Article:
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I have the following class:

module APIWrapper
  include HTTParty
  BASE_URI = 'https://example.com/Api'

  def self.const_missing(const_name)
    anon_class = Class.new do
      def self.method_missing method_name, *params
        params = {
          'Target' => const_name.to_s,
          'Method' => method_name.to_s,
        }

        APIWrapper.call_get params
      end
    end
  end

  def self.call_get(params)
    get(APIWrapper::BASE_URI, {:query => params})
  end

  def self.call_post(params)
    post(APIWrapper::BASE_URI, params)
  end
end

I want to be able to make a call to my wrapper like this:

APIWrapper::User::getAll

I'm getting a stack level too deep error:

1) Error:
test_User_getAll(APITest):
SystemStackError: stack level too deep
api_test.rb:16

What am I doing wrong?

share|improve this question
    
Can you post the error message? –  Linuxios Sep 9 '13 at 22:07
    
Not super useful, but I added it to the question. –  kid_drew Sep 9 '13 at 22:12
    
There's no backtrace? –  Linuxios Sep 9 '13 at 22:12
    
Nope...that's all it's giving me. –  kid_drew Sep 9 '13 at 22:13
1  
Try changing APIWrapper::User::getAll to APIWrapper::User.getAll. Does that change anything? –  Linuxios Sep 9 '13 at 22:15

3 Answers 3

up vote 3 down vote accepted

After using the keyword def, a new scope is created, so the issue here is that the const_name variable is no longer in scope inside the body of the method_missing method.

You can keep the variable in scope by using blocks like so:

def self.const_missing(const_name)                                                                                                                             
  anon_class = Class.new do                                                                                                                                    
    define_singleton_method(:method_missing) do |method_name, *params|                                                                                                 
      params = {                                                                                                                                             
        'Target' => const_name.to_s,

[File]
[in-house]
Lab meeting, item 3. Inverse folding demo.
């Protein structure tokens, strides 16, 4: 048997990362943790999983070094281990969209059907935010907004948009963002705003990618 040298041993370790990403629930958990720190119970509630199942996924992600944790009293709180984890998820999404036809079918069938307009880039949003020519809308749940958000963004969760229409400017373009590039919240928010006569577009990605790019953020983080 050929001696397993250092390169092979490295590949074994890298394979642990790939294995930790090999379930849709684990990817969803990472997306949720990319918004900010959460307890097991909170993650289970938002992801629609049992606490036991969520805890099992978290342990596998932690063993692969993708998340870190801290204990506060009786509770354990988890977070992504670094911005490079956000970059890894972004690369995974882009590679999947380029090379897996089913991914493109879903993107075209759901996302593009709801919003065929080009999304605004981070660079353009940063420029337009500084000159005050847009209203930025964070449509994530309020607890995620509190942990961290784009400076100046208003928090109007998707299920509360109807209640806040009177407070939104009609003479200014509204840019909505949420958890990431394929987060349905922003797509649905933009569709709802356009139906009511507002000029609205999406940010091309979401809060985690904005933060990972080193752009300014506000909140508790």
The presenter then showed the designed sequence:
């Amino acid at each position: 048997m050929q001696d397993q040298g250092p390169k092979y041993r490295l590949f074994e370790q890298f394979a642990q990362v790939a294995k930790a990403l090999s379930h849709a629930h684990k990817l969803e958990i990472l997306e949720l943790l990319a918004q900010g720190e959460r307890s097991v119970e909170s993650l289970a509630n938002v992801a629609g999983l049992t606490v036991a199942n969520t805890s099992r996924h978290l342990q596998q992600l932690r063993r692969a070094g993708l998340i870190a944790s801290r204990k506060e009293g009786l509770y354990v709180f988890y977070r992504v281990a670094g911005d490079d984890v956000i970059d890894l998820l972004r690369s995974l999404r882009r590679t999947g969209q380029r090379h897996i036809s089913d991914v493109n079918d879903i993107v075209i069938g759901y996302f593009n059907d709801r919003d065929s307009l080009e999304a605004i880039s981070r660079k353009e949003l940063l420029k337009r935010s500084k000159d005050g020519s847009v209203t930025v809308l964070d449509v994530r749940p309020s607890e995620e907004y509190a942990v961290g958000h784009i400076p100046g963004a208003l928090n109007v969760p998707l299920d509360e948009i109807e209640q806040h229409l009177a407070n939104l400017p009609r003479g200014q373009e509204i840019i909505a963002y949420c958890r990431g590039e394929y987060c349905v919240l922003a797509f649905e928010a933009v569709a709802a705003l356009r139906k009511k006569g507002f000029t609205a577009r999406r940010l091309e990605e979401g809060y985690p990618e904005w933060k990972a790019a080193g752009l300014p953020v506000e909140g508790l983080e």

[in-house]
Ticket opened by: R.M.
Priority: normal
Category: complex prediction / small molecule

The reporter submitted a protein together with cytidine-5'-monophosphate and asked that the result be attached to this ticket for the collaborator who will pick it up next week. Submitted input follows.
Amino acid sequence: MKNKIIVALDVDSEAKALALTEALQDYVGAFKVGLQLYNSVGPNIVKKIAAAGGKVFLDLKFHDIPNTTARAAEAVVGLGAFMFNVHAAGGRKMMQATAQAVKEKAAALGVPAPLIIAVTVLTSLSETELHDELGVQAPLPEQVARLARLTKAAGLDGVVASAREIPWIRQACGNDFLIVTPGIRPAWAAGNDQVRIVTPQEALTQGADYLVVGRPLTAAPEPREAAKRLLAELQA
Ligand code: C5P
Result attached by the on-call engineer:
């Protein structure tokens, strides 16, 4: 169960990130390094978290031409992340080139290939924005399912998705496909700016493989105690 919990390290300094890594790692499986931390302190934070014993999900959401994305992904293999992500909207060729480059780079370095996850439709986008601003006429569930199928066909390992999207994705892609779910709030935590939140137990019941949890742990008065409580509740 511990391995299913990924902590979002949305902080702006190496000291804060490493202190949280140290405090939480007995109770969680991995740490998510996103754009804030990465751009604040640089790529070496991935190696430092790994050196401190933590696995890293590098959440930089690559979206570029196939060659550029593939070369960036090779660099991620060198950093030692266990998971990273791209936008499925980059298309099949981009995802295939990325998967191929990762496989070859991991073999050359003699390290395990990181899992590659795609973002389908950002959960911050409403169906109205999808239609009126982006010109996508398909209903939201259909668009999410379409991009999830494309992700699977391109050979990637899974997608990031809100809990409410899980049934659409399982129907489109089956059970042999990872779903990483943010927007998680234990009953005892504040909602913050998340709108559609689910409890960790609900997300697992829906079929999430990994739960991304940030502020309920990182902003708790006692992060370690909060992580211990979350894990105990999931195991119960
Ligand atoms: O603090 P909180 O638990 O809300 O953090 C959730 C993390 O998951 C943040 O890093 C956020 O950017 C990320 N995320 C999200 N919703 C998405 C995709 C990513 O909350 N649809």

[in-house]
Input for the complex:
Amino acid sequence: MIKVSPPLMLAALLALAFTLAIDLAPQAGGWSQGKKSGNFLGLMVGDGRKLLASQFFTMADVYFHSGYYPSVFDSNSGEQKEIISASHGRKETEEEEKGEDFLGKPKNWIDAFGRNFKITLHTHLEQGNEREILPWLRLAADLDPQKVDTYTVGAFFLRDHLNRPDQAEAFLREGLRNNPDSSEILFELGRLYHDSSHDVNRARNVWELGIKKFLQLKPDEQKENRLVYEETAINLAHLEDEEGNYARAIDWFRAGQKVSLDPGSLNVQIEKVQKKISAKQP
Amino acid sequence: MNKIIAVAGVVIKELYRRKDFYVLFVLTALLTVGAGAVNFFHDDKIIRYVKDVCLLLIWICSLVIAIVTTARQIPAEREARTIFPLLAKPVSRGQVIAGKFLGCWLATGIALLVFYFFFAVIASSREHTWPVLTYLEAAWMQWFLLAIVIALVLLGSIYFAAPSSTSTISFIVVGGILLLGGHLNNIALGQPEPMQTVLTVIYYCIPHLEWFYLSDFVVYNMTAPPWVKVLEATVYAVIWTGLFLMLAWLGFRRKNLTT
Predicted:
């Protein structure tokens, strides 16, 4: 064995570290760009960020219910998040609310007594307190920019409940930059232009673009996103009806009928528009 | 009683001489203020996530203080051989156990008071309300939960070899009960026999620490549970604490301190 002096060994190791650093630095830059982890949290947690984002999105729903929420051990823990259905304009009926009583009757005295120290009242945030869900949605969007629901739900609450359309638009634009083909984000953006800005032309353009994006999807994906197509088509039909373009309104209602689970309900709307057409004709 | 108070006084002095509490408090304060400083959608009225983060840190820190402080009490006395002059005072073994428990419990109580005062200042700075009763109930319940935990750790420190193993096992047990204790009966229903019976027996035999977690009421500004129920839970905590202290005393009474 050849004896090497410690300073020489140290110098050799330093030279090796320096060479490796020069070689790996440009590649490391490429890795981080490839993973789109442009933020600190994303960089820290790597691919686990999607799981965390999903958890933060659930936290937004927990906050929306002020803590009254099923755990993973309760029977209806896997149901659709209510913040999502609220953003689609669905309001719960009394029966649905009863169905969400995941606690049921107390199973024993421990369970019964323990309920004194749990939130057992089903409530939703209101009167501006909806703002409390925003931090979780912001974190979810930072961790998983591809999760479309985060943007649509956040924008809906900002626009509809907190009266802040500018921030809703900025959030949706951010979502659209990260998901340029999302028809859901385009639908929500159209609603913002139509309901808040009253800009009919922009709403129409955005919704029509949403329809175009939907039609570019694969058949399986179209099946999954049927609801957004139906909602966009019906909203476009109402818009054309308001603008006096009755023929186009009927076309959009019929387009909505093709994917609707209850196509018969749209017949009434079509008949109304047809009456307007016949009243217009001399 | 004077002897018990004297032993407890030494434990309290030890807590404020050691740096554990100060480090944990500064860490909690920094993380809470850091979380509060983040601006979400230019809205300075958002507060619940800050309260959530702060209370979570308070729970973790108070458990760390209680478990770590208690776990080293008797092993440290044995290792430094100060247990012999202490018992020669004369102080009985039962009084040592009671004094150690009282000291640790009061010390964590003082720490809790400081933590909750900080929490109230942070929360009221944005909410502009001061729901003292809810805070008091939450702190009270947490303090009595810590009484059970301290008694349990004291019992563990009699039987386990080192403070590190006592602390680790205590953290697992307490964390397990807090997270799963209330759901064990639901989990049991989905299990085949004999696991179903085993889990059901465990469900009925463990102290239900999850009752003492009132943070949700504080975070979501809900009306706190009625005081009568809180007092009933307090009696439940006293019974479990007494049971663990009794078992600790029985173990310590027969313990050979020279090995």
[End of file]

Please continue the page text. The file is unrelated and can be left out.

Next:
'Method' => method_name.to_s,                                                                                                                        
      }                                                                                                                                                      

      APIWrapper.call_get params                                                                                                                                                                                                                                                                                   
    end                                                                                                                                                        
  end                                                                                                                                                          
end                                                                                                                                                            

You might want to also set the constant to the anonymous class you just created:

anon_class = Class.new do
  ...
end

const_set const_name, anon_class
share|improve this answer
    
That's a terrible construct: you open the singleton class to get self, which you then use to change the current class to the singleton class. –  7stud Sep 9 '13 at 23:00
    
how else would you keep the const_name variable in scope and add a method to the class's singleton class? –  lmars Sep 9 '13 at 23:03
    
self.instance_eval do {...}, although now that I think about it more carefully, when you use class_eval you may have to do what you did. –  7stud Sep 9 '13 at 23:05
    
The class keyword creates a new scope, so the const_name variable will be out of scope –  lmars Sep 9 '13 at 23:06
1  
Actually, you don't even need instance_eval because there is a public method named define_singelton_method(), which will create a method in the singleton class of the receiver. –  7stud Sep 9 '13 at 23:16

The problem is that const_name is recursively calling method_missing. When you pass a block to Class.new the block is evaluated in the scope of the class. (See the docs)

share|improve this answer
    
Ok, that makes sense. How do I fix my code for this specific case? –  kid_drew Sep 9 '13 at 22:57
    
No, I was wrong...the def creates a new scope. –  7stud Sep 9 '13 at 23:33

Methods do not see any local outside variables. In your case it is const_name, which is triggering method_missing recursively.

name = "Semyon"
def greet
  puts "hello, #{name}!"
end
greet # undefined local variable or method ‘name’

You can name anonymous modules (and classes) in Ruby using const_set, and from there you can easily see the name. I'd also not recommend defining new methods for every class, this is what modules are for. Here is my short, self-contained example:

module Greeting
  module Base
    def method_missing(word)
      Greeting.greet word, self.name.split("::").last
    end
  end

  def self.greet(word, name)
    puts "#{word}, #{name}!"
  end

  def self.const_missing(name)
    const_set name, Module.new.extend(Base)
  end
end

Greeting::Semyon.hello # hello, Semyon!
share|improve this answer
    
By the way, I do not endorse this usage of constants in any real code :-) –  Semyon Perepelitsa Sep 9 '13 at 23:38

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